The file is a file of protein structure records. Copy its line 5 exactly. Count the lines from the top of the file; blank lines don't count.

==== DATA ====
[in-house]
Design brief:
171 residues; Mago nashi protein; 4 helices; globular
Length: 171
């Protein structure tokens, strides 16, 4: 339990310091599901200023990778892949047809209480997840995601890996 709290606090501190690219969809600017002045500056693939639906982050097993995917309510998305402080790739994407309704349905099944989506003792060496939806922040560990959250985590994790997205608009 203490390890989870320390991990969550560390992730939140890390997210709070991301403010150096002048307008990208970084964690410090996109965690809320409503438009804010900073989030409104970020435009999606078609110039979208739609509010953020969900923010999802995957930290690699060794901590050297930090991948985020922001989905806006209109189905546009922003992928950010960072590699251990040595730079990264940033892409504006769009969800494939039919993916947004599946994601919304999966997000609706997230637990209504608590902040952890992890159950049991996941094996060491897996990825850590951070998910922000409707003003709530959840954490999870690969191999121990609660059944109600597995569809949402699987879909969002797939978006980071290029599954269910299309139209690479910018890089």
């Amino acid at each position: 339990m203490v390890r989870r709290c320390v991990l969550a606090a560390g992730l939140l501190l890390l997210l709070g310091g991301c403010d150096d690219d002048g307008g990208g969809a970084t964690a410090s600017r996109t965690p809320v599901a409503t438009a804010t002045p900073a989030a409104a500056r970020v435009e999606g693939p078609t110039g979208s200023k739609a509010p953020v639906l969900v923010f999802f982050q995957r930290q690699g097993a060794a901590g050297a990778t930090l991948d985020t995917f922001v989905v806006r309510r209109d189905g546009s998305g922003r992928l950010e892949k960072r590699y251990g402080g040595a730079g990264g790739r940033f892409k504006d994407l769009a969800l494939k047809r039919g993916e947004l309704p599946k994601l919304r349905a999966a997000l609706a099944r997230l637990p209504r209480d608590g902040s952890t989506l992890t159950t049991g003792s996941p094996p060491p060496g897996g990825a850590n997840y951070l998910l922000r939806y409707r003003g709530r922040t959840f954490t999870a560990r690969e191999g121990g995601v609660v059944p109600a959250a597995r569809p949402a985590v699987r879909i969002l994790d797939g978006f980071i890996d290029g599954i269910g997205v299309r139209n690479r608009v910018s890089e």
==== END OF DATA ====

């Protein structure tokens, strides 16, 4: 339990310091599901200023990778892949047809209480997840995601890996 709290606090501190690219969809600017002045500056693939639906982050097993995917309510998305402080790739994407309704349905099944989506003792060496939806922040560990959250985590994790997205608009 203490390890989870320390991990969550560390992730939140890390997210709070991301403010150096002048307008990208970084964690410090996109965690809320409503438009804010900073989030409104970020435009999606078609110039979208739609509010953020969900923010999802995957930290690699060794901590050297930090991948985020922001989905806006209109189905546009922003992928950010960072590699251990040595730079990264940033892409504006769009969800494939039919993916947004599946994601919304999966997000609706997230637990209504608590902040952890992890159950049991996941094996060491897996990825850590951070998910922000409707003003709530959840954490999870690969191999121990609660059944109600597995569809949402699987879909969002797939978006980071290029599954269910299309139209690479910018890089």